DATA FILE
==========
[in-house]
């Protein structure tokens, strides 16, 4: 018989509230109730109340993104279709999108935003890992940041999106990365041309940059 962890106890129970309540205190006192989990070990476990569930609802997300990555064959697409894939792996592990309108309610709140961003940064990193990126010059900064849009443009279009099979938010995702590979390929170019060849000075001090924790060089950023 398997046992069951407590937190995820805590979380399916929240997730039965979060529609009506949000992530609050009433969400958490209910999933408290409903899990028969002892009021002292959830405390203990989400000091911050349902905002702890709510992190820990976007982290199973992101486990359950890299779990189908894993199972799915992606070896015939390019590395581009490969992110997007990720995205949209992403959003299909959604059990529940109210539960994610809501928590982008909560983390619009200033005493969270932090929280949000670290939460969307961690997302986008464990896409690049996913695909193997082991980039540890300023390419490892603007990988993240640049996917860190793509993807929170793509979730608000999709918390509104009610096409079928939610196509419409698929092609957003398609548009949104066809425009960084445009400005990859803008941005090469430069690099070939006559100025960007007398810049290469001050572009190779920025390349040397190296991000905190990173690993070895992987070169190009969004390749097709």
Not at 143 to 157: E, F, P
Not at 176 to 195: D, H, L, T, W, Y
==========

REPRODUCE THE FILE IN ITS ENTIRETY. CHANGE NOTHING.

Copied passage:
[in-house]
């Protein structure tokens, strides 16, 4: 018989509230109730109340993104279709999108935003890992940041999106990365041309940059 962890106890129970309540205190006192989990070990476990569930609802997300990555064959697409894939792996592990309108309610709140961003940064990193990126010059900064849009443009279009099979938010995702590979390929170019060849000075001090924790060089950023 398997046992069951407590937190995820805590979380399916929240997730039965979060529609009506949000992530609050009433969400958490209910999933408290409903899990028969002892009021002292959830405390203990989400000091911050349902905002702890709510992190820990976007982290199973992101486990359950890299779990189908894993199972799915992606070896015939390019590395581009490969992110997007990720995205949209992403959003299909959604059990529940109210539960994610809501928590982008909560983390619009200033005493969270932090929280949000670290939460969307961690997302986008464990896409690049996913695909193997082991980039540890300023390419490892603007990988993240640049996917860190793509993807929170793509979730608000999709918390509104009610096409079928939610196509419409698929092609957003398609548009949104066809425009960084445009400005990859803008941005090469430069690099070939006559100025960007007398810049290469001050572009190779920025390349040397190296991000905190990173690993070895992987070169190009969004390749097709």
Not at 143 to 157: E, F, P
Not at 176 to 195: D, H, L, T, W, Y